President Bush recently proposed eliminating the tax codes bias toward employer-provided health insurance. His plan provides a standard deduction of $15,000 for families who purchase health insurance, $7,500 for individuals. The more you think about it, the more sense it makes. Why shouldn't you get the same tax break your boss gets for purchasing health insurance?
The White House estimates this would result in 3 to 4 million additional insured, and some analysts believe that number is conservative. Around one-third of the 42 million uninsured Americans have family incomes above $50,000. The opportunity to buy a bare-bones policy for as little as $5,000 and deduct $15,000 from taxable income would be very attractive. Low-income families paying 15 percent federal income tax would get a $4,545 subsidy for buying health insurance.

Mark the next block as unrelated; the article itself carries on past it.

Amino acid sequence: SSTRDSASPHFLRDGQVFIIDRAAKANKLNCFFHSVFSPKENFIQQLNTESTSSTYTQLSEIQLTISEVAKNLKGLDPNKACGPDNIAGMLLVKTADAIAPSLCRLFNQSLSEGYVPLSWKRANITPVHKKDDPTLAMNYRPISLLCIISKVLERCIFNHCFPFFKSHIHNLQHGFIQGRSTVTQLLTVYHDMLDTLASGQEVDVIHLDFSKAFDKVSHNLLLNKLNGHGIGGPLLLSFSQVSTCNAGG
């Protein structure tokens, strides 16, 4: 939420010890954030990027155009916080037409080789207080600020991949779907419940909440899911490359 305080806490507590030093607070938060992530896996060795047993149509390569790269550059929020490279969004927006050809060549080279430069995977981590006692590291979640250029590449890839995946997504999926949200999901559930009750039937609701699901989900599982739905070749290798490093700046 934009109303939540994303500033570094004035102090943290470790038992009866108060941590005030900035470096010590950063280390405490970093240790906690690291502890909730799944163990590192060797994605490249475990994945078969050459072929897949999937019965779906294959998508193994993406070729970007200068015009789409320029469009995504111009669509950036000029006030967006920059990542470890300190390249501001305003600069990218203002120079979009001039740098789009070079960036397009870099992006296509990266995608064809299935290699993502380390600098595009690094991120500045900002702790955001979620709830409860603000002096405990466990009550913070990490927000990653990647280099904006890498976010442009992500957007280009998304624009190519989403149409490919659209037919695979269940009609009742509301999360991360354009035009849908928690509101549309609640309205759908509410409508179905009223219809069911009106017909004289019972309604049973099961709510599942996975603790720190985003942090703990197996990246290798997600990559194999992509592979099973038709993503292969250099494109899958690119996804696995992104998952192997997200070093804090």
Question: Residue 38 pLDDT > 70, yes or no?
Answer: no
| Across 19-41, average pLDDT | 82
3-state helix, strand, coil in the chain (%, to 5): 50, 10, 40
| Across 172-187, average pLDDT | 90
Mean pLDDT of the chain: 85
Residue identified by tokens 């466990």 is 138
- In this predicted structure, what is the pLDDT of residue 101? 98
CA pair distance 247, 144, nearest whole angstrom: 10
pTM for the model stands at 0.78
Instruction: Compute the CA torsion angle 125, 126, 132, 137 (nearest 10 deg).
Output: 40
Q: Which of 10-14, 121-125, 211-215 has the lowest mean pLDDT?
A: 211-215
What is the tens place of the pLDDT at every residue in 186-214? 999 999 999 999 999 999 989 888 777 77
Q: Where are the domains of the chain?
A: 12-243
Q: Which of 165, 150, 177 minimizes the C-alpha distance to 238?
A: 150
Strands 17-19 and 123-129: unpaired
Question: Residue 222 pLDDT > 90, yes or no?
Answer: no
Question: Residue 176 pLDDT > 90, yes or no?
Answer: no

Some worry that Bush's plan would spell the end for employer-provided insurance. What would be so bad about disconnecting health insurance from the job? Workers would simply get more of their compensation in cash rather than benefits. And we could make career decisions without worrying about losing or changing health insurance.
The plans main defect is probably its sponsor. To partisan politicians, it seems unthinkable the president could have a sound idea. For those with a more pragmatic bent, the plan is worth a look.
Tom Patterson is Chairman of the Goldwater Institute and a retired emergency room physician and state legislator. A longer version of this article originally ran in the East Valley Tribune.